What to do when your GPG/PGP key expires
Your GPG client notified you that your keypair will soon expire, or has already expired. Here is what to do.
- Find the ID of the expiring key, e.g. with
gpg --list-keys. Note your key ID (after the slash).
- Start editing the key with
gpg --edit-key KEY_ID
- View your selected key and subkeys with
- Select the primary key with
- Interactively select a new expiry with
expire. You'll probably have to unlock your key with its passphrase.
- Select the primary subkey with
key 1and repeat step 5.
- Inspect the resulting expiries with
- Issue a
savewhen you're done.
- Publish your updated key (as described previously), e.g.
gpg --keyserver keyserver.ubuntu.com --send-keys KEY_ID
- commit your key as fallback to keys.makandra.de (see here)
Note that the private key can never expire. In the GPG shell, you can type
help for an overview of available commands.
- Create a new key as described in this card and export it.
- Test your new key by sending an encrypted message to yourself.
- Replace your public key in our public GPG/PGP keys.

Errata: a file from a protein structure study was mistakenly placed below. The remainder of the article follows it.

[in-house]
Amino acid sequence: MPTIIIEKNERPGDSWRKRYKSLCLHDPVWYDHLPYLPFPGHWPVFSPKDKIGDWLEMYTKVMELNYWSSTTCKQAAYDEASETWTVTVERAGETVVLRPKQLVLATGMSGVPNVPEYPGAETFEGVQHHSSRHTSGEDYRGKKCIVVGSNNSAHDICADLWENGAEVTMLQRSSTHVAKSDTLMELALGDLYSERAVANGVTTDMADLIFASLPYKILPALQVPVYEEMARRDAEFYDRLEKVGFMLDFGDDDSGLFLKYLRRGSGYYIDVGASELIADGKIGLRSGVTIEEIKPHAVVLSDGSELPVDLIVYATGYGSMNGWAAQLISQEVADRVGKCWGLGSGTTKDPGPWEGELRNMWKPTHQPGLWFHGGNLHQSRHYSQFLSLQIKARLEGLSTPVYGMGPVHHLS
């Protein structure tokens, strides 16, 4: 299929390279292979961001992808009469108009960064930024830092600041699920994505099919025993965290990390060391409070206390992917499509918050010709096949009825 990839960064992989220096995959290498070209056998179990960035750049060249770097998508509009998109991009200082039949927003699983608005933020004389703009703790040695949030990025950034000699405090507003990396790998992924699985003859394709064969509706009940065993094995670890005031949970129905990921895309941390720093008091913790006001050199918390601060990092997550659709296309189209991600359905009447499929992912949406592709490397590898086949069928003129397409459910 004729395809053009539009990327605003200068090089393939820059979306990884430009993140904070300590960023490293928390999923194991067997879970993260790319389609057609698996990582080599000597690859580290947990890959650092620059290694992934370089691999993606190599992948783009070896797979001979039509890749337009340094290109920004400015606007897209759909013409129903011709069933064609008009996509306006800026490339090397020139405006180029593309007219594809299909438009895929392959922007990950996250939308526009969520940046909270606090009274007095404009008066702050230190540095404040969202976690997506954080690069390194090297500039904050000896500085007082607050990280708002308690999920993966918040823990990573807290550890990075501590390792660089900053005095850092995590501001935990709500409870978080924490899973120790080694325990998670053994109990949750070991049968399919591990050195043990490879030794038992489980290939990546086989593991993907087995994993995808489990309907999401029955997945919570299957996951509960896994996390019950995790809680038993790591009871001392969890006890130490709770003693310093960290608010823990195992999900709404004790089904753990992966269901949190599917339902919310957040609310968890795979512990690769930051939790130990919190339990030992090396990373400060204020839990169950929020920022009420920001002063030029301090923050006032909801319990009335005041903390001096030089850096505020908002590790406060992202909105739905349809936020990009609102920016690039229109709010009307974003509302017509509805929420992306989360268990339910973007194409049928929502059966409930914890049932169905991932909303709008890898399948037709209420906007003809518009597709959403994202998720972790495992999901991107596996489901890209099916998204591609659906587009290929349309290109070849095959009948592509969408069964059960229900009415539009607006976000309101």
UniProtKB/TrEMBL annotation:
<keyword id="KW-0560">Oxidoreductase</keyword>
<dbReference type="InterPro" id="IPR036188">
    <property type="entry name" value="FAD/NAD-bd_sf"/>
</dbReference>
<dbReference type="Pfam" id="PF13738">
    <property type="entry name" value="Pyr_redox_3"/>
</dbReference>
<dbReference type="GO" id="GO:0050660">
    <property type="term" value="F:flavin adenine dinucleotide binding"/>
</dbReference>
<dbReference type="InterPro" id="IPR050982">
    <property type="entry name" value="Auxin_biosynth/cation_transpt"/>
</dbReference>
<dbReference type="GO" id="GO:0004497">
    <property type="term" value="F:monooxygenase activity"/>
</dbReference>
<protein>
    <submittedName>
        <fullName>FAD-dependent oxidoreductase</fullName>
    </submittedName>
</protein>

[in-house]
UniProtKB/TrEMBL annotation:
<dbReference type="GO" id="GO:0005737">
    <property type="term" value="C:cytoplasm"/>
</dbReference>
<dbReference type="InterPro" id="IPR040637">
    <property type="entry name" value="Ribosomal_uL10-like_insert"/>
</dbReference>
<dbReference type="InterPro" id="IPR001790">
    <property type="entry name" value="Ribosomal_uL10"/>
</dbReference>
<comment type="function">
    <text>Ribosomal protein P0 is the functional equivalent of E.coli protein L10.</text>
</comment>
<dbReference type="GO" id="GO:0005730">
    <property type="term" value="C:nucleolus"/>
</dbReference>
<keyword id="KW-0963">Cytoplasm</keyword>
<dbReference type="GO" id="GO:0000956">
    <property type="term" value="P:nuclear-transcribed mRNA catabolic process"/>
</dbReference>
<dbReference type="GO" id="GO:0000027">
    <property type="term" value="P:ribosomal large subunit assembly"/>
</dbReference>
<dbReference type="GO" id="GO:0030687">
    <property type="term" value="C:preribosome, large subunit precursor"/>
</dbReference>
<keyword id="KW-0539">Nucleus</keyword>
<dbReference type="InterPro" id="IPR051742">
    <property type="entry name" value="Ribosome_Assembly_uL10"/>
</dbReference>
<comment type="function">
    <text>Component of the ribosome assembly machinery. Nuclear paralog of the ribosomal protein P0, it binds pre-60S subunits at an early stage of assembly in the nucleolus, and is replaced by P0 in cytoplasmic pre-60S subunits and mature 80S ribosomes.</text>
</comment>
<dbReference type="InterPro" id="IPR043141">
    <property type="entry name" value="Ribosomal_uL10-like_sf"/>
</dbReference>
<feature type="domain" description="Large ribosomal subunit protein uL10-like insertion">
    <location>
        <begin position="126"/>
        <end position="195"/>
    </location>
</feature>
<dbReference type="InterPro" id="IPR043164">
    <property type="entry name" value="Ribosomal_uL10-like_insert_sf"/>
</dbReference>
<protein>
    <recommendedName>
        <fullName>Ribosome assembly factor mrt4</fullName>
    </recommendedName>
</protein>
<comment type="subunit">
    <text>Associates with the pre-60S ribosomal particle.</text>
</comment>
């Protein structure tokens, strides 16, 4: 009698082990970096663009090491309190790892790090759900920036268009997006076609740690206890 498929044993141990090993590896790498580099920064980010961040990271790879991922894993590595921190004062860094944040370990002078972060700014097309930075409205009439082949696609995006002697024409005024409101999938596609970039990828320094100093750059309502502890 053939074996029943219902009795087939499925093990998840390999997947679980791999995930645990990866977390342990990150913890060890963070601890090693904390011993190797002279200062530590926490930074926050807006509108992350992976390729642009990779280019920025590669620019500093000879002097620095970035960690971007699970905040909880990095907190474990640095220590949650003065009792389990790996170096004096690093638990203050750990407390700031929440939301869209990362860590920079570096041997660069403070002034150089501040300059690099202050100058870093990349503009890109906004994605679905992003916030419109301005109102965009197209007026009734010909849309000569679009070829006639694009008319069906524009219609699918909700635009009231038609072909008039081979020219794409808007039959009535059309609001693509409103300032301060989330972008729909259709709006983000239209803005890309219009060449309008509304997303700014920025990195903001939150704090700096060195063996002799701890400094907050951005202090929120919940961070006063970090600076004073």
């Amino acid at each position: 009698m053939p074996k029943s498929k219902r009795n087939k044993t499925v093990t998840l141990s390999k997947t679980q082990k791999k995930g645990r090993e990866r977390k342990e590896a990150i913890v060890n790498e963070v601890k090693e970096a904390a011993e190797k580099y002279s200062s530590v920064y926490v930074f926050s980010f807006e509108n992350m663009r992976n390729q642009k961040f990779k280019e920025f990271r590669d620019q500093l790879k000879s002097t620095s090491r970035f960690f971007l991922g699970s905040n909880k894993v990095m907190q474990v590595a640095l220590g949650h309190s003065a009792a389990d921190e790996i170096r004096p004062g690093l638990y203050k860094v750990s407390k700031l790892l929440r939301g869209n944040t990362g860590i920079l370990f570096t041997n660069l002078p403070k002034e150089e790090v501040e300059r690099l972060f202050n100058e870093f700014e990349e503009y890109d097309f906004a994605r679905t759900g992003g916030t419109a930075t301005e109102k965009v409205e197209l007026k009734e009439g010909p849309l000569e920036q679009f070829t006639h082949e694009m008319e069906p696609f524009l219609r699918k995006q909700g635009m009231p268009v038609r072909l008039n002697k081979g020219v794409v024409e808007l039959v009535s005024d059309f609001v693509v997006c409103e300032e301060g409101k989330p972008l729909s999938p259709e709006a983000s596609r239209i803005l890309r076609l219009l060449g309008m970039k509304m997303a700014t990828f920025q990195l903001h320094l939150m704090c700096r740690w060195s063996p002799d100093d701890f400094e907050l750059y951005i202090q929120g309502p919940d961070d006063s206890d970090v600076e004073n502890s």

We recommend you extend your existing key instead.
In your own GPG setup you may choose to delete your expired key. You don't need to do this, and you won't be able to open old e-mail that was encrypted with your expired key.
If you want to get rid of your old key:
- Find your key ID with
gpg --list-keysand then use
gpg --delete-secret-and-public-keys KEY_ID.
- Alternatively, in Thunderbird, go to menu "Enigmail" → "Key management", right-click the expired key and choose "Delete key".
In case you use the same public key on multiple machines, you need to update these keys, too. We have a separate card on how to do this.
gpg your.name.asc pub rsa2048 2015-04-13 [SC] [expires: 2022-03-25] 7D328E3BD331444A254828F82ADEW7A971B89A2B6 uid Your Name <email@example.com> sub rsa2048 2015-04-13 [E] [expires: 2022-03-25]